The Development Source

How Should You Decide not to Bid on a Grant?

As Joyce Loegel of Proposal Prose LLC points out, you should include a solid bid/no bid procedure in your proposal development process to avoid wasting precious time and resources on proposals with a low probability of success.  While her advice is directed at companies, it also applies to nonprofit organizations.

The bid/no bid analysis should begin early in the proposal development process, if possible.  However, I have been on proposal efforts where we started developing the proposal and then were told to abort the effort by senior managers.  This approach should be avoided, if possible.

According to Loegel, companies should consider certain kinds of questions when making a bid/no bid decision.  I have modified them slightly for nonprofits:

  • Does it fit our nonprofit’s mission?
  • Have we received a previous grant from this funder?  If so, did we perform well?
  • Do we have a good relationship with the funder?
  • Do we understand the funder’s goals and issues?
  • Are the grant guidelines consistent with our expectations?
  • Do we have the qualifications to successfully bid?
  • Do we have support from senior management?
  • Do we have a committed proposal team with the right personnel and resources?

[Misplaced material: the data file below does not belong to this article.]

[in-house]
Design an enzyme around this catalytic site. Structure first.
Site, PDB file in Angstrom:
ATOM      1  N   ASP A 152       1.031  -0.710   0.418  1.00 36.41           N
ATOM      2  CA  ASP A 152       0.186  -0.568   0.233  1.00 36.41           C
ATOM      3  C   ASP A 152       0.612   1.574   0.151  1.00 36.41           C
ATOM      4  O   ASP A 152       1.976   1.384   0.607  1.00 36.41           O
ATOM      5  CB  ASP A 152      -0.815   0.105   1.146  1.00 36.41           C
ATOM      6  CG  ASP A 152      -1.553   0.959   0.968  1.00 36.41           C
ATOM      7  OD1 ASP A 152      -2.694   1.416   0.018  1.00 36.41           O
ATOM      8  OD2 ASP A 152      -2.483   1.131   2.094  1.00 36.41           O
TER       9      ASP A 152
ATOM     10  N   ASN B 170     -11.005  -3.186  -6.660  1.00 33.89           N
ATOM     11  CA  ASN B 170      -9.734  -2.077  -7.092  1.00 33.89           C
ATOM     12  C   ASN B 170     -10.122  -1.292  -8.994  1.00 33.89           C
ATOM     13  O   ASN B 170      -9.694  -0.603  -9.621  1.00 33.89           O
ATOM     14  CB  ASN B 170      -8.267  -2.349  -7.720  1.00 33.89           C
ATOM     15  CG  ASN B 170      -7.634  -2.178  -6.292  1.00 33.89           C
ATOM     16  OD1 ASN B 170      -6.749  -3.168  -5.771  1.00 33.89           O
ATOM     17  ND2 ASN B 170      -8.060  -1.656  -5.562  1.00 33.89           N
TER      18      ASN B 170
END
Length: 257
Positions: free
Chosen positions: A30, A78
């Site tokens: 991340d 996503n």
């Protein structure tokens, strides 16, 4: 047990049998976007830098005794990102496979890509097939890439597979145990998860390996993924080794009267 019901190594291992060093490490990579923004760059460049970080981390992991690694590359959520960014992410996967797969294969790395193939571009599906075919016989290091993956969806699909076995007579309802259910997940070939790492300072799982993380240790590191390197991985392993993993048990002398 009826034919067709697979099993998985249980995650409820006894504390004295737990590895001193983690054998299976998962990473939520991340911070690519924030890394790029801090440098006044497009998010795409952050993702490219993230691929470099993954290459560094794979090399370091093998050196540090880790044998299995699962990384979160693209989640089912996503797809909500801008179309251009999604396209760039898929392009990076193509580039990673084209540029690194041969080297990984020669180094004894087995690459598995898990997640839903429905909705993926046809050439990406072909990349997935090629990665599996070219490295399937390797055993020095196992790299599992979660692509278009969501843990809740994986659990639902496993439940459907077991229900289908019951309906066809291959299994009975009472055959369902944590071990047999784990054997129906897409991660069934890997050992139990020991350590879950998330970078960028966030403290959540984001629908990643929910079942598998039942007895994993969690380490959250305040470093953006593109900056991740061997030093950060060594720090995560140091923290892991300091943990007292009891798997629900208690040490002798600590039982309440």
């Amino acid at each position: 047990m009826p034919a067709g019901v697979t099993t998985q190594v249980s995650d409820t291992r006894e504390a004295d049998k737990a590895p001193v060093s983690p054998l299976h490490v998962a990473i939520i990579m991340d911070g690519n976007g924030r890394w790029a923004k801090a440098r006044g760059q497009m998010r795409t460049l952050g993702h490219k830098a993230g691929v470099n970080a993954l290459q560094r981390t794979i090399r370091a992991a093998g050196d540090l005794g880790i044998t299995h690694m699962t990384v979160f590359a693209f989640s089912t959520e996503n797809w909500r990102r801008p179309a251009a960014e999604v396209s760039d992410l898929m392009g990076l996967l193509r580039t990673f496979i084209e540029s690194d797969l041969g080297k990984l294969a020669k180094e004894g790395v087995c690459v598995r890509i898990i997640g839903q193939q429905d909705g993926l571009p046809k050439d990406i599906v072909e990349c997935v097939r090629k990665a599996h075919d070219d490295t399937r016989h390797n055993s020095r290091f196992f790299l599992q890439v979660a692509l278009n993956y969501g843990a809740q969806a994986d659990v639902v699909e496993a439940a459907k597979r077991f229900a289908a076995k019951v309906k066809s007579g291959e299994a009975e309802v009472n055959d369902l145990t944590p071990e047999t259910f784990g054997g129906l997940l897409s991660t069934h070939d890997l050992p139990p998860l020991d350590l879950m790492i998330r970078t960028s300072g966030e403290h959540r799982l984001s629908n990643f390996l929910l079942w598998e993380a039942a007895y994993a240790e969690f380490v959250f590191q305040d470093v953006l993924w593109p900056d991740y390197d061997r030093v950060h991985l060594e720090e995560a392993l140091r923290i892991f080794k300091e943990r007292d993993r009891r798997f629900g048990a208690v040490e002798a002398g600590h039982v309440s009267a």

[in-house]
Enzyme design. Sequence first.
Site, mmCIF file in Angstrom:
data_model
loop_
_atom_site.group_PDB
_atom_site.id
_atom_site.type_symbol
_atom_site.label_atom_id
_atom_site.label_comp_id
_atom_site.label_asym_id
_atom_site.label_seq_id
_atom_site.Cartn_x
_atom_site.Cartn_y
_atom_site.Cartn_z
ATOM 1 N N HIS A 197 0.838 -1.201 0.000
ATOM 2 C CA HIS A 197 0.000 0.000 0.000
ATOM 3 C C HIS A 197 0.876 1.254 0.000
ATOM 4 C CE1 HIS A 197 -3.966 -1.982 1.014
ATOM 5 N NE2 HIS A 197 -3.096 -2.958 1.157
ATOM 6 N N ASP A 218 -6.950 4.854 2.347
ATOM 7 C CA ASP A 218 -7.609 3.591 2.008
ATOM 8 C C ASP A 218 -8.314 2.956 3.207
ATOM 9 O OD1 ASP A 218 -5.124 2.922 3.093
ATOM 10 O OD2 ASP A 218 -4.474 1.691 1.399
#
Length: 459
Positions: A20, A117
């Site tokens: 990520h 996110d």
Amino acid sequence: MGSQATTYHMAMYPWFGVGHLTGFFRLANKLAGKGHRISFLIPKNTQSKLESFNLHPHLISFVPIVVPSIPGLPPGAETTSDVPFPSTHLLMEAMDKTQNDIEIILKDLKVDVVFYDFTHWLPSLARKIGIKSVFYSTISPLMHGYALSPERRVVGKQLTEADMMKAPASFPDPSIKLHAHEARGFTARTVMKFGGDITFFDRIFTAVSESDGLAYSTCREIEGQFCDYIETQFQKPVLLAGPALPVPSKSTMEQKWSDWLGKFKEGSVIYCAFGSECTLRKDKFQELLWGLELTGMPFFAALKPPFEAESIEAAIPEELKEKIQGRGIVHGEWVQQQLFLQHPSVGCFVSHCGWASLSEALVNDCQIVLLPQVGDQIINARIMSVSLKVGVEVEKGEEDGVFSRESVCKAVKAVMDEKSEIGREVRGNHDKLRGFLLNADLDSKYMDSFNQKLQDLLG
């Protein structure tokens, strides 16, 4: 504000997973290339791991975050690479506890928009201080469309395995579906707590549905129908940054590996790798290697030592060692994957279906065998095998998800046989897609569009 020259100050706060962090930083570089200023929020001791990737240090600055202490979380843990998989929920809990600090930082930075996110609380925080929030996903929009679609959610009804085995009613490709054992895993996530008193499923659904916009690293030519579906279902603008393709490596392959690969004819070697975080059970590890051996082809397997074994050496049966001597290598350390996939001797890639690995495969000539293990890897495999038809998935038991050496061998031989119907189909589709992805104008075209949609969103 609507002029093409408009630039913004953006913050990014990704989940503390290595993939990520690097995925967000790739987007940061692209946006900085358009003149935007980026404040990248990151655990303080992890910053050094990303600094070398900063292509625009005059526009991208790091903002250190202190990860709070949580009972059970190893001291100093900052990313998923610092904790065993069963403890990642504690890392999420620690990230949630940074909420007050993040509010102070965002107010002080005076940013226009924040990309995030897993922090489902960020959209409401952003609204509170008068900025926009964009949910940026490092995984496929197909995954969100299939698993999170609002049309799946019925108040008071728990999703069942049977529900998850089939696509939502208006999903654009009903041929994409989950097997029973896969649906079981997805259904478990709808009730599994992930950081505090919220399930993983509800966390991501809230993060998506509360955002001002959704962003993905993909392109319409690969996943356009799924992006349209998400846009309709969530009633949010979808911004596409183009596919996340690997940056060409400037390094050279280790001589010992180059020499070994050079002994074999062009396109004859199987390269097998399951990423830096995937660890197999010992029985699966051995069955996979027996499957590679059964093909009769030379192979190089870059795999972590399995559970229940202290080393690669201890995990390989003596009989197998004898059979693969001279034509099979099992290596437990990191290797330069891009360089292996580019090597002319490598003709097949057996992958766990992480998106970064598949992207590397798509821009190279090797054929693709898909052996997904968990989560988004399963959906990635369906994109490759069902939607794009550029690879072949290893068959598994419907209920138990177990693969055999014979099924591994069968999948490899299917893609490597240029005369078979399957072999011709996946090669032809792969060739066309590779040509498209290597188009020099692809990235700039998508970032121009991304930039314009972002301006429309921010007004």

• How do we compare to the competition?

Once your nonprofit decides to bid, there is still an opportunity to abort the proposal development process by asking yourself these questions:

  • Once we have identified a solution to the problem identified in the grant guidelines, is it likely to be highly competitive?
  • Once the preliminary budgeting was done, is our budget competitive?

Depending on the answers to these questions, there may be good reasons to begin a proposal and then drop it.  Sometimes, a decision to not bid or abort a proposal effort makes good sense. 

As Proposal Managers, you are not likely to be answering these questions by yourself.  But it is your obligation to tell senior managers that you think that your nonprofit organization has a low chance of success.  Trust a good proposal process and put the best interests of your nonprofit first, and you will be able to provide valuable advice about whether to bid or not.



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